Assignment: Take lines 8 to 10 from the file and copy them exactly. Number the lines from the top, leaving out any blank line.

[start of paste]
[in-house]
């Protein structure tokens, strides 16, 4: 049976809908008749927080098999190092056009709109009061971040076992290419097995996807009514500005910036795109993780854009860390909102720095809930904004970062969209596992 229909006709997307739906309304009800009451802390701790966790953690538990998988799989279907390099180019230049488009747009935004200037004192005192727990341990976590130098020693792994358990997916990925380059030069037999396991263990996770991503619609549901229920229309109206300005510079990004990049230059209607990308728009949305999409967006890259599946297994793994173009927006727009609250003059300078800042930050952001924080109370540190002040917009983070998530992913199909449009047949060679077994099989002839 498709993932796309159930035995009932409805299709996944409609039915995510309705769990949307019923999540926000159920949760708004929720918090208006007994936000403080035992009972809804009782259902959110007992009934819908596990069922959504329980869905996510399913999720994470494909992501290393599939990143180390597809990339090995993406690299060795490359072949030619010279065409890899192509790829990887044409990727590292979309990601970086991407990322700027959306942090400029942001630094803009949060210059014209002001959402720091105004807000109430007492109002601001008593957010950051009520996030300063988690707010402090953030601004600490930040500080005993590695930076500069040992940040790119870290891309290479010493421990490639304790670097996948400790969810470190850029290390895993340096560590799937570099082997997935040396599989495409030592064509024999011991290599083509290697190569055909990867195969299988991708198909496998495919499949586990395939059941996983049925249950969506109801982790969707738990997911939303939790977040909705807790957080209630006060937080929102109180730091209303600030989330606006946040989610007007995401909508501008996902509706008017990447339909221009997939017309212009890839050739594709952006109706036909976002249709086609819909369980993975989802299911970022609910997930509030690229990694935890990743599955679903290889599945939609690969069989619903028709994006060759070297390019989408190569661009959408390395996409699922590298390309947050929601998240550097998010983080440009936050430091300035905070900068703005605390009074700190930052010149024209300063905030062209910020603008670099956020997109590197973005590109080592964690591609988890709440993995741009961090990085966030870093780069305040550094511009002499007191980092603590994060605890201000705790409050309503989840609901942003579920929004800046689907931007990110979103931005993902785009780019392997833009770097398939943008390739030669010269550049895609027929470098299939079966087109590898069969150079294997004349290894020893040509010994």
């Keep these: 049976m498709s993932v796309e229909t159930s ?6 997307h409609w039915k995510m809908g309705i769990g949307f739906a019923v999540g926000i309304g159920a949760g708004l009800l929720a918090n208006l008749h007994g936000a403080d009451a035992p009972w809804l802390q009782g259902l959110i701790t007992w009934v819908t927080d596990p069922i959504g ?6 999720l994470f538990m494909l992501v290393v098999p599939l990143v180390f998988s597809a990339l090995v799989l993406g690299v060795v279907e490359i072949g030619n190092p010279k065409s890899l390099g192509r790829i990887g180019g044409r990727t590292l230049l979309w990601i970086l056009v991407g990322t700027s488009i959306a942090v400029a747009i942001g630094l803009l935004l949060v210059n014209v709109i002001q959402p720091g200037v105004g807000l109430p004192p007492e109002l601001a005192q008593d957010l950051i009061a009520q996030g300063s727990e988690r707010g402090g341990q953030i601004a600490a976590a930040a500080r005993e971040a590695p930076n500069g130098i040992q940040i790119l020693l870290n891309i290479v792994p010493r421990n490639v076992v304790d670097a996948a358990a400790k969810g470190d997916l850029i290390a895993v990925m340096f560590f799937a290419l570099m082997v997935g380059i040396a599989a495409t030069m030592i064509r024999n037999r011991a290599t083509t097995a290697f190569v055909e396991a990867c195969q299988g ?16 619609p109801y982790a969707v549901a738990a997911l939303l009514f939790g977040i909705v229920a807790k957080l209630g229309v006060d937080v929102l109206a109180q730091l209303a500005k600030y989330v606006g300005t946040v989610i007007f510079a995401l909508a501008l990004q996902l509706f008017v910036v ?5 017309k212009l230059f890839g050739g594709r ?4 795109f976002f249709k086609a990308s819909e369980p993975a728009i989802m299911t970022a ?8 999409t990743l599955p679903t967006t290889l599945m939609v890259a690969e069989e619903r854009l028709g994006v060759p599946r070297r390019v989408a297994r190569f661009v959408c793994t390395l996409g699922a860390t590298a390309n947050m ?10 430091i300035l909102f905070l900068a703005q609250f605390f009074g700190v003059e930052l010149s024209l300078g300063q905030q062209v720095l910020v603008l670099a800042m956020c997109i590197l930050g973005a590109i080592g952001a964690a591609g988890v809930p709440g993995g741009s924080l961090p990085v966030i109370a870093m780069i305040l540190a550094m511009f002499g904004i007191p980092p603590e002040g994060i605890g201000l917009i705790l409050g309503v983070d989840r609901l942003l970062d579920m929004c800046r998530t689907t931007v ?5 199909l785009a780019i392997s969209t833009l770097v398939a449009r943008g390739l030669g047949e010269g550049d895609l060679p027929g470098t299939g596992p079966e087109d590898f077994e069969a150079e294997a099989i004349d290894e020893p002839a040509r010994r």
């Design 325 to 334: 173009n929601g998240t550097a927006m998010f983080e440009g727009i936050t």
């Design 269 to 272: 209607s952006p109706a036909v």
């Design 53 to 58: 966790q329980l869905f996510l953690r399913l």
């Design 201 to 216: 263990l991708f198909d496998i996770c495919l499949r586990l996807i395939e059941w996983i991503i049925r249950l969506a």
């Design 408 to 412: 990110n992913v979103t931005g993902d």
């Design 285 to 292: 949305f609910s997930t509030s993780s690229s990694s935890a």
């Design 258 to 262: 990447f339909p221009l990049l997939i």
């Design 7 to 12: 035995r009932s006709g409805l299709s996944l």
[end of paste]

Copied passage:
């Design 408 to 412: 990110n992913v979103t931005g993902d």
């Design 285 to 292: 949305f609910s997930t509030s993780s690229s990694s935890a």
């Design 258 to 262: 990447f339909p221009l990049l997939i």